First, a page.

On Thursday morning, Transport Minister Clément Beaune ignited the fuse by stating that the state would not “validate” the decrease in speed on the 35 km ring road wanted by the Paris city hall after the Olympic Games in 2024.
“This is not a good idea in the short term,” he explained on Franceinfo.
At the end of November, the city hall led by Anne Hidalgo announced its intention to limit the speed on the ring road to 50 km/h after the Olympic Games (July 26-August 11, 2024), in addition to reserving one lane for carpooling.
According to the city hall, this measure aims mainly to reduce pollution and noise, especially at night for the 500,000 people who live in the immediate vicinity of this axis, often in popular neighborhoods.
The ring road, one of the main urban axes in Europe, is used by 1.2 million vehicles every day, mostly from the Paris region, and 80% of them only have the driver as the occupant.
“If the minister intends to obstruct the project, let him clarify how he plans to do so,” Grégoire said, accusing him of “purely political posturing.”
“It is unthinkable to make such a change without a precise impact study, and especially without in-depth consultation with the region, the departments, the municipalities concerned,” as “80% of ring road users come from the suburbs.”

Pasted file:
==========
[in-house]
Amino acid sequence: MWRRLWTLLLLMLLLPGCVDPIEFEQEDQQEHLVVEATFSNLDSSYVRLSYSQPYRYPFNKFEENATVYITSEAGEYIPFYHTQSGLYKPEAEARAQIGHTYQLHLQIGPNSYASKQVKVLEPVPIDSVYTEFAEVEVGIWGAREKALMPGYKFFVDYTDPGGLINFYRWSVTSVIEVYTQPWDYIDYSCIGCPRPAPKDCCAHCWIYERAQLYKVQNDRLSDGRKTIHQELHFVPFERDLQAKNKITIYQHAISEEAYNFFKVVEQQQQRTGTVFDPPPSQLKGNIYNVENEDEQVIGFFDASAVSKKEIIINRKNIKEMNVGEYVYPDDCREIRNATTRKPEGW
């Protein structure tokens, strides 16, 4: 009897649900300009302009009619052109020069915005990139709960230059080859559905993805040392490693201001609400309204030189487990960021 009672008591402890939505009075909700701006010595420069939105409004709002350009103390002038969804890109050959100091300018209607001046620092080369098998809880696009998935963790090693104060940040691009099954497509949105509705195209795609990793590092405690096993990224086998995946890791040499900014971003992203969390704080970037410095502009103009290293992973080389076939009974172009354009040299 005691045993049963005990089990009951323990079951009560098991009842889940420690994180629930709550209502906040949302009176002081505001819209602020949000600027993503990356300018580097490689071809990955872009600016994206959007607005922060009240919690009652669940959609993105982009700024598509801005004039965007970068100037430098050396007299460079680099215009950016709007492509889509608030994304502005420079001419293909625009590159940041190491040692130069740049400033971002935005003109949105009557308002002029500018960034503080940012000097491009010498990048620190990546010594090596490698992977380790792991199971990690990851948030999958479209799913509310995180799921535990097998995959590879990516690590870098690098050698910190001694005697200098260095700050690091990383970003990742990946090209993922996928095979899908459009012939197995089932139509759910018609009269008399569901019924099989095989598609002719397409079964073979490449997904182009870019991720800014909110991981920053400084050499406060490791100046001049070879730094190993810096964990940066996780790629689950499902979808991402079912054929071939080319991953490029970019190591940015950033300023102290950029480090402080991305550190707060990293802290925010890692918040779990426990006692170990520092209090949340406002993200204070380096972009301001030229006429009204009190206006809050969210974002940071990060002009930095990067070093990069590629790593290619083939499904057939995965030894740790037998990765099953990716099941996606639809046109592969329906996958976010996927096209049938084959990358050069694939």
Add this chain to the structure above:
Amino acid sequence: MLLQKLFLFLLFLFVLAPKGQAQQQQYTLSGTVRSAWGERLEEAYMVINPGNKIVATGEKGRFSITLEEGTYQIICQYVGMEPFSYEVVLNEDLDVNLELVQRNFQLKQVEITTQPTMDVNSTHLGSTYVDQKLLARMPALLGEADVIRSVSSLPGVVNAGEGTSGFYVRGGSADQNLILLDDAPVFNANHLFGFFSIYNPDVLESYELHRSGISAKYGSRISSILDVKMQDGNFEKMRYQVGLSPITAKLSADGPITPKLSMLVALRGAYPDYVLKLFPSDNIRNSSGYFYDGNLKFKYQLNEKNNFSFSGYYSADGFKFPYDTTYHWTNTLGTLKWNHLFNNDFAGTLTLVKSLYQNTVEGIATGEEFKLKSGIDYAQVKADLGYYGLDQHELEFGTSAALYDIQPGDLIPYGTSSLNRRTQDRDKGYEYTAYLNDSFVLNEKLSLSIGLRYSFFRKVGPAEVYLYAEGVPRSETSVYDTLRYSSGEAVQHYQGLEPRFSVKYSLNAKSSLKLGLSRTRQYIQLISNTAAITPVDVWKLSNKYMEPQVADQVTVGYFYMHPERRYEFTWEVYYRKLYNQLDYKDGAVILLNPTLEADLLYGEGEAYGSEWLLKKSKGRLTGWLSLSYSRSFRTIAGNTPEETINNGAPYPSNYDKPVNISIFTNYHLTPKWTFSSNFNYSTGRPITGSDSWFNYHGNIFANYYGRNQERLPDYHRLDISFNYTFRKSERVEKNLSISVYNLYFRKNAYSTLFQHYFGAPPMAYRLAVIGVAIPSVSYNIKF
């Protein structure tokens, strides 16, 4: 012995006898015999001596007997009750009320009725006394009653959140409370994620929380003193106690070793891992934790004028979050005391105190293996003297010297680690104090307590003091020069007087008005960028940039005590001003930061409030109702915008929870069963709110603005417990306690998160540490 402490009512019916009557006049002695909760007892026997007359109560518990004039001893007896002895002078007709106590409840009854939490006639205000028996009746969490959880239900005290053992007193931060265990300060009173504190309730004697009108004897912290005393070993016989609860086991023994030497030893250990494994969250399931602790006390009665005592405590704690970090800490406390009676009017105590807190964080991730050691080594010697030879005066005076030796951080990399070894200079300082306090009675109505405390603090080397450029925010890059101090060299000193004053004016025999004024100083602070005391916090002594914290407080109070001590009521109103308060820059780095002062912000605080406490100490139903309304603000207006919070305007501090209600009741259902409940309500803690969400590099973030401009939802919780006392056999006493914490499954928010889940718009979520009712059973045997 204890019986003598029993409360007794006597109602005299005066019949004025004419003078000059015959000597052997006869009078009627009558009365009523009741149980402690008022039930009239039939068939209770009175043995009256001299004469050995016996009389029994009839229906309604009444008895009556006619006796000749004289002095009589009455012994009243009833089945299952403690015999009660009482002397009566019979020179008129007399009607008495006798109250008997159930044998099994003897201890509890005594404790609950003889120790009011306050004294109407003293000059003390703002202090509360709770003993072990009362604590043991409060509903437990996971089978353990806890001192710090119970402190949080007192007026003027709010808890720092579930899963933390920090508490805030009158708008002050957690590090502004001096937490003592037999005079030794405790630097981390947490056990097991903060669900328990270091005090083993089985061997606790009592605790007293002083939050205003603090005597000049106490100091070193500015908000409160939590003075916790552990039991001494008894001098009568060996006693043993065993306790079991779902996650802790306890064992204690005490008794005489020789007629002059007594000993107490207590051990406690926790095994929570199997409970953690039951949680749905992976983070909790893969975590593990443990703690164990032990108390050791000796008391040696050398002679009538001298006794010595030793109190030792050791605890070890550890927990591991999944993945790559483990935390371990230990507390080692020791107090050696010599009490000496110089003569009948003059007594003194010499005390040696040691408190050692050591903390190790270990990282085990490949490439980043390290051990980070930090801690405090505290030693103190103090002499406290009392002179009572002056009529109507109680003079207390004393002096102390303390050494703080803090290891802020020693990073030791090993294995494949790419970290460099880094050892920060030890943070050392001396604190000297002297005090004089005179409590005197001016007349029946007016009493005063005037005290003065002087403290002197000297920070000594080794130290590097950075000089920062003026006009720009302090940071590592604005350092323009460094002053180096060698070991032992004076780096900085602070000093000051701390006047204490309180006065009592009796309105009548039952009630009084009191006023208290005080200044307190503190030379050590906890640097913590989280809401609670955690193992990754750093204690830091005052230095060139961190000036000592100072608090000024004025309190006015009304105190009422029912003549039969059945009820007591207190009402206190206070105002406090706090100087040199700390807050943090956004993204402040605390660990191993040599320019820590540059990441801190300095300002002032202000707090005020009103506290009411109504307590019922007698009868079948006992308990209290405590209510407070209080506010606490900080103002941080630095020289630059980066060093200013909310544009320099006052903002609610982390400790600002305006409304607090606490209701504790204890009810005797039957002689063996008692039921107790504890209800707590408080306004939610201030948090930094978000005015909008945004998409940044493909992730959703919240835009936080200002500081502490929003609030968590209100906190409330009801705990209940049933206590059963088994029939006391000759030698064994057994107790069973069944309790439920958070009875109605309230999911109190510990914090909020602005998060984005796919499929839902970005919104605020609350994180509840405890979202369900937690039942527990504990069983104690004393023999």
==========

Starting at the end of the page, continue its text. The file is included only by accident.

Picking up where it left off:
Parisian right-wing elected officials, through Senator Agnès Evren, welcomed “having been heard” by the Minister of Transport. The regional president (LR) Valérie Pécresse had denounced a decision based on “pure selfishness” and which “will affect primarily users who drive at night or early in the morning.”
Rather than defending a “real social measure,” Mr. Beaune, “candidate for the mayor of Paris,” prefers to “twist the arm of the City of Paris,” retorted Fatoumata Koné, leader of the Green elected officials of Paris.
Beaune and Grégoire are among the potential candidates to succeed Hidalgo as mayor of Paris in 2026.
If this new showdown between the City Hall and the State is part of a long list in recent months (working hours for municipal employees, pension reform…), it reinforces political tensions seven months before the Paris Olympics, which the three politically opposed powers (Macronist government, right-wing region, and left-wing city hall) must successfully carry out together.
At the end of November, Anne Hidalgo had sparked a previous controversy by stating that “there are places where transportation will not be ready” for the Olympics “because there will not be enough trains and frequency.”
After mentioning a “political betrayal,” Clément Beaune accused Hidalgo on Thursday of “spitting on our country by saying ‘we are useless, we are not ready, we won’t make it.'”
Socialist elected officials Lamia El Aaraje and Rémi Féraud, close to the mayor, demanded an apology from her.
Another ripe point of contention: on Tuesday, the Paris city hall asked Valérie Pécresse to reconsider the almost doubling of the metro ticket price decided to finance the additional effort during the Olympics.
“It is primarily the people of Paris and France who will pay for this exceptional pricing that is not justified,” Grégoire reiterated on Thursday.